Platoon (1986 Film) - And Songs From The Era CD, Soundtrack, Import
Platoon CD ATLANTIC, 81742-2, 11 Track
In a musical collection that is as much soundtrack as it is score, Oliver Stone's Platoon is a breakthrough for its ability to embody the extremes of the human condition in Vietnam. While most of the songs by themselves are commonly found as representative of the era, together they become a personality. Smokey Robinson's soulful and heartfelt "Tracks of My Tears" is offset by the down-home pride of Merle Haggard's "Okie from Muskogee". In turn, they are challenged by the escapist fantasies of Jefferson Airplane's "White Rabbit" and Otis Redding's "Sittin' on the Dock of the Bay". The glue that held these social groups together in Vietnam, however tenuous the bond, was the common experience of combat. Here this combat takes form as Samuel Barber's Adagio for Strings; Barber's violins play first at the aftermath of the torching of a Vietnamese village and then again as the undercurrent for Charlie Sheen's reflective monologue at the film's finale. Each time, they embody the pain and anguish of the previous moments, searching for cause but finding only loss and despair. The strings become the screams of the wounded, the souls of the lost and the conscience of the living, and in doing so, the Adagio for Strings itself serves as a testament to an experience that must be faced to be understood. --James Stockstill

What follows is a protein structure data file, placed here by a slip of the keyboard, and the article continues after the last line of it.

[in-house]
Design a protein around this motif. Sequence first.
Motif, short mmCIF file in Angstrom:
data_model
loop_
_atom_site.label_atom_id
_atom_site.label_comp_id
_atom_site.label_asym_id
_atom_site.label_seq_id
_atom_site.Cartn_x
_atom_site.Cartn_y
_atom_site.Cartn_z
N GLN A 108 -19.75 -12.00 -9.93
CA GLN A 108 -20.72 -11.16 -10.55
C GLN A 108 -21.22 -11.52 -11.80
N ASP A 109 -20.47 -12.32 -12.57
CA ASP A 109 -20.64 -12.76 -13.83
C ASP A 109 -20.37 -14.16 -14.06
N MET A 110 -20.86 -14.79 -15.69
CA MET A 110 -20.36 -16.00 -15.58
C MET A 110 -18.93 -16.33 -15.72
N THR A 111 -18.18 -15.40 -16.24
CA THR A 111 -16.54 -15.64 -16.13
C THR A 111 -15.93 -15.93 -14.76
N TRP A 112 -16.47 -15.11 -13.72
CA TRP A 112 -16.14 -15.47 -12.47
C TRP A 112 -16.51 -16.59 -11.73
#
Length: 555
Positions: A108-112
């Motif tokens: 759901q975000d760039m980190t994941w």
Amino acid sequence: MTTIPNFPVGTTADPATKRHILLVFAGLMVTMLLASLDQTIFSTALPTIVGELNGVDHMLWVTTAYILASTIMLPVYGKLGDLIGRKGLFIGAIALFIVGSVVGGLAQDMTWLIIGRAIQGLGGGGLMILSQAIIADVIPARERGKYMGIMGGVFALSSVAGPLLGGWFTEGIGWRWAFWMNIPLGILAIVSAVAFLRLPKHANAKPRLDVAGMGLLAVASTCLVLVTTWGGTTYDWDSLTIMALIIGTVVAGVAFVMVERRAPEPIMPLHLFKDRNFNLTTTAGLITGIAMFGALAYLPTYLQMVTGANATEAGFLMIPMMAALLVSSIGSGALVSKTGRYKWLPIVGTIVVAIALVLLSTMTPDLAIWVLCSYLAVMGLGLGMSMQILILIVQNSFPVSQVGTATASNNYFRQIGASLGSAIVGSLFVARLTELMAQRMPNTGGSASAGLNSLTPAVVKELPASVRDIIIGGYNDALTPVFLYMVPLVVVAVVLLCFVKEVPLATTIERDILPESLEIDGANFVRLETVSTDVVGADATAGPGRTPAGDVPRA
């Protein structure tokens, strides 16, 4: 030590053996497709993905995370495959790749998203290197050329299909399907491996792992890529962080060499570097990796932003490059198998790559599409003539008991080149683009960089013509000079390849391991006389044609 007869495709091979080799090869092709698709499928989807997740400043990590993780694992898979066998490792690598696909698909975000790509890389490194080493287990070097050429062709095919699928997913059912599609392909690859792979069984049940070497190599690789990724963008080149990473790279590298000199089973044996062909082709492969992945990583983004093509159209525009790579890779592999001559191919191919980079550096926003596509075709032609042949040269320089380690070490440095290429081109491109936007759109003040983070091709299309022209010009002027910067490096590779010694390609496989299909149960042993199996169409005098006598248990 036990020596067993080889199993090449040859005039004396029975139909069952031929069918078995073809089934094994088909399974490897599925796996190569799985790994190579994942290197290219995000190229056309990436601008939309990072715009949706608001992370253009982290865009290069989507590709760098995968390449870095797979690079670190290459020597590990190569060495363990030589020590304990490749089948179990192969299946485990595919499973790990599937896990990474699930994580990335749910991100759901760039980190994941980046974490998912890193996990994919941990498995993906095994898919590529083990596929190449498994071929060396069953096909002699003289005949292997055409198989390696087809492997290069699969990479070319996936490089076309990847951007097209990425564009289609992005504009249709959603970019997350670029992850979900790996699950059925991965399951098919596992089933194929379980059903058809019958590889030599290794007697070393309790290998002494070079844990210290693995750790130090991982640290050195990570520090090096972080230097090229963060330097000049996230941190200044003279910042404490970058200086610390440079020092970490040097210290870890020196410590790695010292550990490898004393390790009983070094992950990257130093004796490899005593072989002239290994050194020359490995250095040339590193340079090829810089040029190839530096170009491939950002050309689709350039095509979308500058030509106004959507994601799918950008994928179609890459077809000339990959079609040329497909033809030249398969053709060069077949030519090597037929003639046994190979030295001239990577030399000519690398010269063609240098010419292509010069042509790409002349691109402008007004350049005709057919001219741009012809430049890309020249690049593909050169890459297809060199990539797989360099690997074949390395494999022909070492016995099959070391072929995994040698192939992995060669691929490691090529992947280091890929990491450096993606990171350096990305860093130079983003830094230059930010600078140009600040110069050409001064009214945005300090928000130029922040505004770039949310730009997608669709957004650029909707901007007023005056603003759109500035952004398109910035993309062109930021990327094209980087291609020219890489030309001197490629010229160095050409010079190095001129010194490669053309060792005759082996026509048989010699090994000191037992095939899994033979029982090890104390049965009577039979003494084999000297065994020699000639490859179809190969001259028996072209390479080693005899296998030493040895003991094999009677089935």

Add in "Respect" by Aretha, "Tracks of My Tears" by Smokey Robinson, "Hello I Love You" by the Doors, and "Groovin" by the Rascals.
And this adds up to a great period piece.
The "Adagio for Strings" intro/outro and the "Barnes Shoots Elias" interlude provide a nice change of pace. It's a short recording at only 33 mins, but overall a good soundtrack. Highly recommended if you like music from this period....
a classic, and the soundtrack contributed greatly to its